Collective thoughts

The extent to which the derived ratings are consistent with each other

As mentioned above, the derived ratings from the group are not consistent with each other except for a few cases. Boys shared their ratings on masculinity, and their ratings were different from those of the girls. A certain level of consistency was also noted among three of the four members. The four members shared the fact that they have spent much of their time within the United States.

They all preferred to avoid uncertainty, positing a rating of 4 when it comes to avoidance of uncertain events. The other member whose results showed that he did not fear uncertain events had spent much of his life abroad. This clearly shows that he had learned a culture that was different from that practiced by the other three members of her group. However, the other two ratings showed no common pattern. The issues about power distance and individualism were largely influenced by the travel pattern of the members. Individuals who have traveled a lot and interacted with different people scored high on power distance, but low on individualism. They preferred collectivism when addressing different tasks. On the other hand, those who had not traveled a lot scored high on individualism, but low on power distance.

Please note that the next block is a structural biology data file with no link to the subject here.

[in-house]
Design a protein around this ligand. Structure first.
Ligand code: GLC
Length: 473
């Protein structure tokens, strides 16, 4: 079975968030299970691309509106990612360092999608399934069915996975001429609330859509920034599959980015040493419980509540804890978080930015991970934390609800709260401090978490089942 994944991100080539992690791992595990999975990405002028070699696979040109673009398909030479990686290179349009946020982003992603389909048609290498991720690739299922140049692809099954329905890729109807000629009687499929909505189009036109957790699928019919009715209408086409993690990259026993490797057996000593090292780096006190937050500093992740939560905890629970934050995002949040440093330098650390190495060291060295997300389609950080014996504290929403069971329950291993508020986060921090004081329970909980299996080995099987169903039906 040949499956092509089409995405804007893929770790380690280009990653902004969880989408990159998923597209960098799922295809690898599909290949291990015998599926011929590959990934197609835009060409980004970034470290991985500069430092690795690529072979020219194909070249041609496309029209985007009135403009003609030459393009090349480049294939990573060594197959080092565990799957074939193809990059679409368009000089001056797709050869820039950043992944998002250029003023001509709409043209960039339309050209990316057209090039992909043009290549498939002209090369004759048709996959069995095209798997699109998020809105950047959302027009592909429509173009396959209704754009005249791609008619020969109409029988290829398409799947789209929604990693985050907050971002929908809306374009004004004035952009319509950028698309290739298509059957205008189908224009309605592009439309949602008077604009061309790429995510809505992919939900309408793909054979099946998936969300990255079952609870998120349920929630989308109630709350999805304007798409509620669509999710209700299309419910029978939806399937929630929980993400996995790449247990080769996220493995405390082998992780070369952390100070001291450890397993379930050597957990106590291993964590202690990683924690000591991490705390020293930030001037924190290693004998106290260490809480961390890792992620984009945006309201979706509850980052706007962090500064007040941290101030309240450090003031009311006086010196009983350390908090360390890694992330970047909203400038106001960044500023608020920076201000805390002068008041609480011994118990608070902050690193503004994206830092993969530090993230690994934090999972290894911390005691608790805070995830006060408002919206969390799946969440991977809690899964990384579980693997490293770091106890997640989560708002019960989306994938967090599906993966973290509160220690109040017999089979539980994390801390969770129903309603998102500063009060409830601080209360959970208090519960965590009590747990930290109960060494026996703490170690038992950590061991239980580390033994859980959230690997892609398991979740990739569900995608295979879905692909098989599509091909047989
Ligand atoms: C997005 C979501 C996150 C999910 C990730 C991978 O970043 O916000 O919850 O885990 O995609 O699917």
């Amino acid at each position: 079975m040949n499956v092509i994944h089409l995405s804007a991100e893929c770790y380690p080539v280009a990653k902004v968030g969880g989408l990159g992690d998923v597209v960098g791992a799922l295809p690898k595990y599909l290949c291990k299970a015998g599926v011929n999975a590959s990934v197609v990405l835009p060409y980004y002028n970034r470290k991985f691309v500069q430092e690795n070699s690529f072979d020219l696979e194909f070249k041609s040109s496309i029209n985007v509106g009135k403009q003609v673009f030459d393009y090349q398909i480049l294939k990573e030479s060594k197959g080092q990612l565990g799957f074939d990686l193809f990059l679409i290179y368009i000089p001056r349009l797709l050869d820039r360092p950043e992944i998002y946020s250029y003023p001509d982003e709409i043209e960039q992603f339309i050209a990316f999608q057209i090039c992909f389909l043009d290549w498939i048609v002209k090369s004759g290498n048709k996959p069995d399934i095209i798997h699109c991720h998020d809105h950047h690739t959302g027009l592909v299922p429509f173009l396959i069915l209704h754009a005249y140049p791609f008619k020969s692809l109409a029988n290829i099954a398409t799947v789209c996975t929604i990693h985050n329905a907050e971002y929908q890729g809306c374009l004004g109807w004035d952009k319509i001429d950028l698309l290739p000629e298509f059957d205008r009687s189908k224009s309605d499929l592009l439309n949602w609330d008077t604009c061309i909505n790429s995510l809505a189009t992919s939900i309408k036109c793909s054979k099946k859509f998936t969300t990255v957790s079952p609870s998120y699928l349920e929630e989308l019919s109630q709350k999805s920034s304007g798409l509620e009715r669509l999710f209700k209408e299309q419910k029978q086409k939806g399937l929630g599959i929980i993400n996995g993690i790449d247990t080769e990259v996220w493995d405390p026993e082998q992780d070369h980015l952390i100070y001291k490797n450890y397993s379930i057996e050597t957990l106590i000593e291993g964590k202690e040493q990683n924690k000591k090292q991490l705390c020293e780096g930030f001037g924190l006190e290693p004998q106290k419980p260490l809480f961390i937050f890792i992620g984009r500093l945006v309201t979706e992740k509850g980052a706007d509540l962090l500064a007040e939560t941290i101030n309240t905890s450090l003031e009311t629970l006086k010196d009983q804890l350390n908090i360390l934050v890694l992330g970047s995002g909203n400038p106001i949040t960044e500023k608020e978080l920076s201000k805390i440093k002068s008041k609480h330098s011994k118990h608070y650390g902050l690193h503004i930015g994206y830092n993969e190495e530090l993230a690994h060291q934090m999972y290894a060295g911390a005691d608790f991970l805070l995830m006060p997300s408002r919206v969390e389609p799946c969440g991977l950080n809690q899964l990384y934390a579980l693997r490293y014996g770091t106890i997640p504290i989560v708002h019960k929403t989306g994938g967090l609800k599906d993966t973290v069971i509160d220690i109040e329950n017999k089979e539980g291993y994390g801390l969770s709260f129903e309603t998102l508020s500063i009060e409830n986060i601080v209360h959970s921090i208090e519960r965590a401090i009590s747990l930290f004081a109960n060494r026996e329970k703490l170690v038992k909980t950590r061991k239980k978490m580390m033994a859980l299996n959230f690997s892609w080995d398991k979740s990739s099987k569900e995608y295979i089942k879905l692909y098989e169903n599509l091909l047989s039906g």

What cross-cultural differences suggest about the management of people across international boundaries

The cross-cultural differences witnessed in the above results clearly demonstrate that there must be a clear pattern of managing people across international boundaries. According to Hofstede (2004), the world has been turned into a global village with an advanced system of communication and transport sectors. This means that it is common for an organization to have employees with different cultural backgrounds.

As suggested in the analysis above, people from different cultural backgrounds view different issues in the workplace from different perspectives. One group may value individualism in their work, while the other group may value collectivism. When managing these people, it would be important to maintain flexible approach that would help accommodate different views. The management must be ready to accommodate these views, and bring them together in a common organizational culture for the sake of harmony within a firm. All these varying cultures should be embraced, and those that are desirable should be emphasized on, while those that are considered retrogressive should be discarded in a systematic manner. Through this, there will be a common culture in the organization derived from the best cultural practices by different members of the organization.

Type of leadership and management style preferred by cross-cultural employees